Modern Entertainment’s Secret Sauce: The X-Files Recipe

Anticipating the revival of The X-Files got us to wondering what goes into the secret sauce showrunners are adding to their serial dramas that have made the Golden Age of television shine so brightly. It turns out the recipe has 6 ingredients.

Modern Entertainment’s Secret Sauce: The X-Files Recipe
by Chris Blockus
January 24, 2016

According to a myriad of critics, we are living through television’s Golden Age. Whether you clear your calendar for a particular night, binge on demand, or Netflix and Chill, it’s hard not to recognize the volume of quality shows available. Anticipating the revival of The X-Files got us to wondering what goes into the secret sauce showrunners are adding to their serial dramas that have made this Golden Age shine so brightly.

Just for fun, the following television drama summary has been stripped of specific characters and setting details. Try a little thought experiment to see if you can identify which show is being described:

“A quirky but capable character finds her- or himself in an unusual and uncomfortable situation and must subvert the life she or he has known to reconcile her or his condition. In order to do so, she or he must rely on a diverse team of reluctant allies to help overcome specific hardships and uncover a larger system hidden from mainstream society.  Along the way, the characters must confront their own individual troubled pasts and deal with the emotional consequences that accompany maintaining such dependent relationships.”

What do you think? Buffy the Vampire Slayer? Game of Thrones? The Sopranos? The Wire? Breaking Bad? The Walking Dead? Mad Men? Vikings?

The summary was written to describe The X-Files, but fill in a modern critically acclaimed drama produced since and you’ll find it follows the same recipe. Note, however, it is not shared by less-acclaimed shows like Saved by the Bell or Baywatch.  More importantly, it also doesn’t work for other acclaimed shows that predate The X-Files. For example, Star Trek: The Next Generation used an obviously different formula; Gene Roddenberry was adamant that starfleet would have moved beyond petty squabbles amongst its crews and that all conflict would be external.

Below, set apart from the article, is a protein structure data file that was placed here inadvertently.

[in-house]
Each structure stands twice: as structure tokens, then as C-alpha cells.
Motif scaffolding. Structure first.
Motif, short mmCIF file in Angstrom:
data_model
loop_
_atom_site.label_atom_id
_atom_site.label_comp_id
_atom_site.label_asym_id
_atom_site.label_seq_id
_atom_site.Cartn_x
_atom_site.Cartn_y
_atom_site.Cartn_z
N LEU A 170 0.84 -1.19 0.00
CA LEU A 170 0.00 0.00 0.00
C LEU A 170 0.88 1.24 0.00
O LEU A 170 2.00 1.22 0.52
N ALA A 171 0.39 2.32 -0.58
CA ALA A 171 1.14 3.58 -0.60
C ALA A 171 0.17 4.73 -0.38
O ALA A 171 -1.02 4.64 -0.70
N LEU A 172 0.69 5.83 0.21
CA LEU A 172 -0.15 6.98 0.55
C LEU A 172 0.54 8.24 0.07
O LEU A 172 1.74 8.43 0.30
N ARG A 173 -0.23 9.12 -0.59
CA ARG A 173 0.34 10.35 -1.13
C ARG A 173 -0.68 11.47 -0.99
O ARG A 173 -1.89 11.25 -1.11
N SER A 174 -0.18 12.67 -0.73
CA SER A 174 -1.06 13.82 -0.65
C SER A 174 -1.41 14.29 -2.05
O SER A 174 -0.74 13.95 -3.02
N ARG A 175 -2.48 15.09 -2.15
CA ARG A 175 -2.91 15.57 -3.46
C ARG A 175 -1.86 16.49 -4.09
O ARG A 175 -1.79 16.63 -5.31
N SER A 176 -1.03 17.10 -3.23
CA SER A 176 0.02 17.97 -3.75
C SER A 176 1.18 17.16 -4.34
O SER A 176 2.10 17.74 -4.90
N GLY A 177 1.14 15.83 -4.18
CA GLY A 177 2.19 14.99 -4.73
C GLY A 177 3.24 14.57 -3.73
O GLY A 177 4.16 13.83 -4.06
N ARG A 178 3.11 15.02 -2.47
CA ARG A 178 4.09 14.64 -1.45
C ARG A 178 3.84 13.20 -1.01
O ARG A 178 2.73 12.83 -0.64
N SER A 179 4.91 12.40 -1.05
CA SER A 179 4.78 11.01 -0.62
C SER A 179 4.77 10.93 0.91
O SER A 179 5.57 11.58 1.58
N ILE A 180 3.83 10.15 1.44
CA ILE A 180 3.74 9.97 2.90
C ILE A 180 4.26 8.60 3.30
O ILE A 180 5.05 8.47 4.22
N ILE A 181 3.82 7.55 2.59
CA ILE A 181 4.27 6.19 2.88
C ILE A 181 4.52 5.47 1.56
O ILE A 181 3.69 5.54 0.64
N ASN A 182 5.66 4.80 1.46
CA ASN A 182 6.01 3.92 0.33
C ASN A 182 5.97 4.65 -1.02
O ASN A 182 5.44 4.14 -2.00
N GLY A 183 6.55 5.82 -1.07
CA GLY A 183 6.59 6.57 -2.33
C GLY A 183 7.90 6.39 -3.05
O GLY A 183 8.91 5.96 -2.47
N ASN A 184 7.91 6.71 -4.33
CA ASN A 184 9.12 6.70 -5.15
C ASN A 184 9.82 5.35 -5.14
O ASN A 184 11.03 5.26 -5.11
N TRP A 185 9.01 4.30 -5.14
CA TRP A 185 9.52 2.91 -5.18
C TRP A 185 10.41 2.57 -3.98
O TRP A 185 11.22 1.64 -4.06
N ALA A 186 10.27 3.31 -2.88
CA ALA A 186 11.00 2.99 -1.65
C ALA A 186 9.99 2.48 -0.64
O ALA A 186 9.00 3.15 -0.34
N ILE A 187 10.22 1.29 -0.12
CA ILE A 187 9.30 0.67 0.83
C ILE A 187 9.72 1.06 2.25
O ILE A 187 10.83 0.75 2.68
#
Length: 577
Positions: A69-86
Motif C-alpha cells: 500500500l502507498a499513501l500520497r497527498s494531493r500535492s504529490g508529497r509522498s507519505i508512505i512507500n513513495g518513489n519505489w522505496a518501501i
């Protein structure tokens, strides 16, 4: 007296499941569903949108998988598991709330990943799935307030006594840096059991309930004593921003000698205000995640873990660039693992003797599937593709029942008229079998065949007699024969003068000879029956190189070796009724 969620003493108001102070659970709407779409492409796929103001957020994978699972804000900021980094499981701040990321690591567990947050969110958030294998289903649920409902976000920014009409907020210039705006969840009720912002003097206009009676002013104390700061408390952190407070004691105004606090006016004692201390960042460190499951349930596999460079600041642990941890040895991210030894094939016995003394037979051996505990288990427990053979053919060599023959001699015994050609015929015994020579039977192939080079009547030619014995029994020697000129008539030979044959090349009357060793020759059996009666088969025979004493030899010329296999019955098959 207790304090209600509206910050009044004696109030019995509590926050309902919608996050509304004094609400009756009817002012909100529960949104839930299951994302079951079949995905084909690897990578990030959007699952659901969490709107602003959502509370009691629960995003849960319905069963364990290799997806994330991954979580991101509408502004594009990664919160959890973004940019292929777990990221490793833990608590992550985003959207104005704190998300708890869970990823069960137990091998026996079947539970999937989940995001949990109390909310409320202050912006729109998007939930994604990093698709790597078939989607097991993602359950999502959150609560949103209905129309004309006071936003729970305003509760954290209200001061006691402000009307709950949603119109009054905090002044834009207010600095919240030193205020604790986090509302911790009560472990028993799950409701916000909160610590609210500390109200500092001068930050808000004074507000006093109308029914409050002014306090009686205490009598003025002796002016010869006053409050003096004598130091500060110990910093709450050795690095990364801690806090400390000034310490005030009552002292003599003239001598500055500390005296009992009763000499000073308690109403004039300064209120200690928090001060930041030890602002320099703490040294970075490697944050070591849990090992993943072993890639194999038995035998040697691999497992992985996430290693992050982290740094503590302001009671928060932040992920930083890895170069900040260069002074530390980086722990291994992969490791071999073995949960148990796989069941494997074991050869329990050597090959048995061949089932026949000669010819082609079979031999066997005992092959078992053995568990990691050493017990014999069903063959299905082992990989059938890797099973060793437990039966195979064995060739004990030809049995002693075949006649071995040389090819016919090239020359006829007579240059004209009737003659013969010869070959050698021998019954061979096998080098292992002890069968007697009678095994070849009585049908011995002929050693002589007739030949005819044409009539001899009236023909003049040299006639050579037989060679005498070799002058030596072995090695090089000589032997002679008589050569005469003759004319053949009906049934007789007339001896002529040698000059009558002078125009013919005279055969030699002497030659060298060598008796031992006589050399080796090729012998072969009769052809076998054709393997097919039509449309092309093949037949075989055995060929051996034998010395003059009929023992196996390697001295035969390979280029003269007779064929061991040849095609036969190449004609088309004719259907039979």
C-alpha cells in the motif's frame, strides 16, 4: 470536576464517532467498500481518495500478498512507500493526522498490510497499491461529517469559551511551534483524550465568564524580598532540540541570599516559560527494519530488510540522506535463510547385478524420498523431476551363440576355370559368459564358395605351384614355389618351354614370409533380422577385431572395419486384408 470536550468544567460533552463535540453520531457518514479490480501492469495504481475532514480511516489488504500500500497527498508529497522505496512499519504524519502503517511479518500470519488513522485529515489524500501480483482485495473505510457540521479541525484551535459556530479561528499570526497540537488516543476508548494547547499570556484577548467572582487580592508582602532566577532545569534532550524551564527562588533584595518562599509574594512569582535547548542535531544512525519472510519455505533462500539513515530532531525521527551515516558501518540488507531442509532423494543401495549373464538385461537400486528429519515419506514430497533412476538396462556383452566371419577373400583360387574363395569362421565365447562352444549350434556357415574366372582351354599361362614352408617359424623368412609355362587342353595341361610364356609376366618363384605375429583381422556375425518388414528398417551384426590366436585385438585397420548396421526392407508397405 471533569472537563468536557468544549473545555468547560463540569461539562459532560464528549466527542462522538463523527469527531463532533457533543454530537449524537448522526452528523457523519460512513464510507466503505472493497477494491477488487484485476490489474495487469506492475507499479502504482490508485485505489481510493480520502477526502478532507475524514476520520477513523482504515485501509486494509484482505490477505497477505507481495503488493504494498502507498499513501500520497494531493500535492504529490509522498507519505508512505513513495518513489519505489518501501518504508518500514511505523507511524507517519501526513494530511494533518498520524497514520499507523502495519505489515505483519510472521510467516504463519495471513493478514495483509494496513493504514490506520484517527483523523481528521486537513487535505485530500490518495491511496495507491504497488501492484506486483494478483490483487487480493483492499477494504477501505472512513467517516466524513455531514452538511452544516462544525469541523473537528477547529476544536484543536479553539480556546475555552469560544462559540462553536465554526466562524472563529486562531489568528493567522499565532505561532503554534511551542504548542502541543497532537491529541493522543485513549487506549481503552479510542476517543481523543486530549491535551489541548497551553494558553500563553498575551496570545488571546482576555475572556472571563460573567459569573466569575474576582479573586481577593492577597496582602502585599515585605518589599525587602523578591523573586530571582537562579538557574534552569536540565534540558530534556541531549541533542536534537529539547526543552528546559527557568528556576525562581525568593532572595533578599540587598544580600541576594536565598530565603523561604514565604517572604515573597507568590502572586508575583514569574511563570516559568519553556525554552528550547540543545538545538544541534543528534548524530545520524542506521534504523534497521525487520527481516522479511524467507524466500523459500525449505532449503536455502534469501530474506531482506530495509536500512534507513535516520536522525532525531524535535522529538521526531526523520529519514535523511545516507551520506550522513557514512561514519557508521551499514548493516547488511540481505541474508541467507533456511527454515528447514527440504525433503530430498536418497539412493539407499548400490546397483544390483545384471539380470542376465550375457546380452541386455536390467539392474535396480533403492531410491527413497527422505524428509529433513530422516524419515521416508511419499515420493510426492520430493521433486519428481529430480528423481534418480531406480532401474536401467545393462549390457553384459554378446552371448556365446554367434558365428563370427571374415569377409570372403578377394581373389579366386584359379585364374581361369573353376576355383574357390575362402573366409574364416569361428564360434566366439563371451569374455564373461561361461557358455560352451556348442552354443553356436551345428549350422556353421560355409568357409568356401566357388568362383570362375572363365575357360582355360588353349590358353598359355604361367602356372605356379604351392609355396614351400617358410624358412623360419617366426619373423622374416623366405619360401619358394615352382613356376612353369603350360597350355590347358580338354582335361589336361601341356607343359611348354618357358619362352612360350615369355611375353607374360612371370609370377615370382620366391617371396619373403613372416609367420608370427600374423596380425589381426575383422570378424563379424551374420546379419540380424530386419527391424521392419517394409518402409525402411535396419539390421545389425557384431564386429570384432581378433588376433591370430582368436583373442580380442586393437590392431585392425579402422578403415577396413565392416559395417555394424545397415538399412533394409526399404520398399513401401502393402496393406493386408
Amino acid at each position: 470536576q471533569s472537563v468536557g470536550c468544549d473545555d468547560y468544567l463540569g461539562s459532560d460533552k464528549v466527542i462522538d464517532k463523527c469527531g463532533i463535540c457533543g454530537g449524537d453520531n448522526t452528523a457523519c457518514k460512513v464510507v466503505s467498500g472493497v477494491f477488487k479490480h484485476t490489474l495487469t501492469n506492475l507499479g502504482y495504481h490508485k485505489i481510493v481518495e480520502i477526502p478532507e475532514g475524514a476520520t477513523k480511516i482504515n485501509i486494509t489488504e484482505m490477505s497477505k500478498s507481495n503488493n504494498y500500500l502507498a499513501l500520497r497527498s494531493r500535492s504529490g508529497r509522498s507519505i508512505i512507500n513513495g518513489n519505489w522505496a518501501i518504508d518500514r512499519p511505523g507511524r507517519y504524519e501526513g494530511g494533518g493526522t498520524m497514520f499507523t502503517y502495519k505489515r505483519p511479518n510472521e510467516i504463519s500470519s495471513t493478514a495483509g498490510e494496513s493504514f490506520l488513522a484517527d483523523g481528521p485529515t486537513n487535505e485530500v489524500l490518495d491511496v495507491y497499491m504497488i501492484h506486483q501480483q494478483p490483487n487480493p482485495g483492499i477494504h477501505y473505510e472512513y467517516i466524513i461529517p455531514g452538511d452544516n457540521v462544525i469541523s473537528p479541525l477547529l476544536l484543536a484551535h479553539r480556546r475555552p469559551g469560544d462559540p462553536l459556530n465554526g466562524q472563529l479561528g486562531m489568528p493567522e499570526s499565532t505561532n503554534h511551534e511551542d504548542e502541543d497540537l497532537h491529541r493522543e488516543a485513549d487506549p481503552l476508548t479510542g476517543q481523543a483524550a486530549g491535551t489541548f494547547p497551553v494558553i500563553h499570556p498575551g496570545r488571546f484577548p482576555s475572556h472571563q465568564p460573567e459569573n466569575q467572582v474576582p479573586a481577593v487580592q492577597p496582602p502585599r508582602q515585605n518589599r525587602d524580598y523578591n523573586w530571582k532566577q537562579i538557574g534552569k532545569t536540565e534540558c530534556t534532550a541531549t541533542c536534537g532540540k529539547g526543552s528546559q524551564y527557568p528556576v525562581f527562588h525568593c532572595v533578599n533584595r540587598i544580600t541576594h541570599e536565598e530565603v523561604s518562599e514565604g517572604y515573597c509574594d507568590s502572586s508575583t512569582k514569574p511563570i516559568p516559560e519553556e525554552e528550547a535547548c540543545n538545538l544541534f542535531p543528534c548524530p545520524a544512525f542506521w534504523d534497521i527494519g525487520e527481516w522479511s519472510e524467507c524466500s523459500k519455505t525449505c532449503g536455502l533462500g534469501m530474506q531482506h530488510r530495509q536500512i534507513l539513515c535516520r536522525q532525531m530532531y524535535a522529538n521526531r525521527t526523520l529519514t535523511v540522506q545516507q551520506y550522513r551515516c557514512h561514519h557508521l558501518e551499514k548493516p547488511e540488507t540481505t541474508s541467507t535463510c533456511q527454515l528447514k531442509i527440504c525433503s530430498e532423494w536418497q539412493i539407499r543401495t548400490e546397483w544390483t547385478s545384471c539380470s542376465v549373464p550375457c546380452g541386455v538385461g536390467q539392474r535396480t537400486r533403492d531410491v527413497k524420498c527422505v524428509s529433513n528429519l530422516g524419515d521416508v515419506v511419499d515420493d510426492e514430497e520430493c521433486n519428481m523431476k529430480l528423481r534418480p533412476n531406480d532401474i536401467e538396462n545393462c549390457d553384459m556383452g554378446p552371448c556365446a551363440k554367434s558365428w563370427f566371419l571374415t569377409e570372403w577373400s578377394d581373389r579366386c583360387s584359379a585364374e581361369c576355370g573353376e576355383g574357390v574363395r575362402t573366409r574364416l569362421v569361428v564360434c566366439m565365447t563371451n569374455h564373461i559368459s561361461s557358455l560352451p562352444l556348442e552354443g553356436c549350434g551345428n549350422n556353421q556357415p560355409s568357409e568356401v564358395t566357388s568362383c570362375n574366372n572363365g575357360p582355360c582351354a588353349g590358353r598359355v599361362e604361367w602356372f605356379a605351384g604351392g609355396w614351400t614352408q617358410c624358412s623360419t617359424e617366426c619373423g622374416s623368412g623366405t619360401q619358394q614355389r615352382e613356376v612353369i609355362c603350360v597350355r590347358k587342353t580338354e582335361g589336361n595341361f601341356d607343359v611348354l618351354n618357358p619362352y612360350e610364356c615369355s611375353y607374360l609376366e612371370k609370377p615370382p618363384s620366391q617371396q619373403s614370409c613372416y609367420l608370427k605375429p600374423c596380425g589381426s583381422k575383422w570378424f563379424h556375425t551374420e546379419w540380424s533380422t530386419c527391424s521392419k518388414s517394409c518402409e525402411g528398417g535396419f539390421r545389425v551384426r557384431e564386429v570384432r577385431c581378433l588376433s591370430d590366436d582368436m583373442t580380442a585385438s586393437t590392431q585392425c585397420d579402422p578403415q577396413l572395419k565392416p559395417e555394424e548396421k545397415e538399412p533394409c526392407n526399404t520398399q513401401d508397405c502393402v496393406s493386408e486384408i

After a scientifically conducted study involving watching all 201 episodes of The X-Files consecutively, we have deduced that executive producer Chris Carter’s recipe has six main ingredients. Although The X-Files did not invent any of these individually, it was the first to bake them all together:

  • Dark and mysterious subject matter: From alien abductions to shadow government intrigue, dark and mysterious subject matter serves as the initial hook to attract the audience and hold their attention long enough to become invested in the characters.
  • “Show-World” Mechanics: Mechanics order the events that happen in a show. Supernatural events take place in The X-Files, and even though mechanics are not presented directly to the audience, there is always a sense that nothing is arbitrary in the world of Mulder and Scully. In fact, the surface-level narrative purpose of Dana Scully is to investigate these events scientifically. Mechanical breakdown within a TV narrative (often called “Jumping the Shark) betrays the trust of a loyal audience.
  • Flawed but competent team of characters with complicated relationships: Each main and supporting character in The X-Files has a unique set of skills that makes him or her both indispensable to their co-stars and an imperative part of moving the storyline forward. Mulder is a brilliant investigator with a wealth of esoteric knowledge (he finds the monster), while Scully is a hard-nosed skeptic and top pathologist (she dissects it). Their romantic tension is legendary, and that is because much of the show’s conflict is internal and intra-personal between the stars. Mulder is paranoid and lonely, Scully struggles with religion and PTSD. Complexity and indispensability gives each character’s actions long-term consequence and  emotional weight.